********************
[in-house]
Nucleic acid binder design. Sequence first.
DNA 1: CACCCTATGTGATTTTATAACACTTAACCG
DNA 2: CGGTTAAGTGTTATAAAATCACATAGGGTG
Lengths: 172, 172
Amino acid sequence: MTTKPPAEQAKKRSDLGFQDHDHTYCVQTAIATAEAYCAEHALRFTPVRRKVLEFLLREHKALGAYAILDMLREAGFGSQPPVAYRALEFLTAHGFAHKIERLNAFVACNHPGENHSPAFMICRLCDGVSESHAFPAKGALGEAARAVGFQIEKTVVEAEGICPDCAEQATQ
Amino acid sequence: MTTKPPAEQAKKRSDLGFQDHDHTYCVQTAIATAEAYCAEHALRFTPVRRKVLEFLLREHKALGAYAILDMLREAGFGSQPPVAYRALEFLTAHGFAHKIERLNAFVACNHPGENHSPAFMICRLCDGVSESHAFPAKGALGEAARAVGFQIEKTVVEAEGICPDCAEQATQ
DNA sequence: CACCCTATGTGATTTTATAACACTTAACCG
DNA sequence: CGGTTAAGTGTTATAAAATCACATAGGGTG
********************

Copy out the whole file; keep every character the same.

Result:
[in-house]
Nucleic acid binder design. Sequence first.
DNA 1: CACCCTATGTGATTTTATAACACTTAACCG
DNA 2: CGGTTAAGTGTTATAAAATCACATAGGGTG
Lengths: 172, 172
Amino acid sequence: MTTKPPAEQAKKRSDLGFQDHDHTYCVQTAIATAEAYCAEHALRFTPVRRKVLEFLLREHKALGAYAILDMLREAGFGSQPPVAYRALEFLTAHGFAHKIERLNAFVACNHPGENHSPAFMICRLCDGVSESHAFPAKGALGEAARAVGFQIEKTVVEAEGICPDCAEQATQ
Amino acid sequence: MTTKPPAEQAKKRSDLGFQDHDHTYCVQTAIATAEAYCAEHALRFTPVRRKVLEFLLREHKALGAYAILDMLREAGFGSQPPVAYRALEFLTAHGFAHKIERLNAFVACNHPGENHSPAFMICRLCDGVSESHAFPAKGALGEAARAVGFQIEKTVVEAEGICPDCAEQATQ
DNA sequence: CACCCTATGTGATTTTATAACACTTAACCG
DNA sequence: CGGTTAAGTGTTATAAAATCACATAGGGTG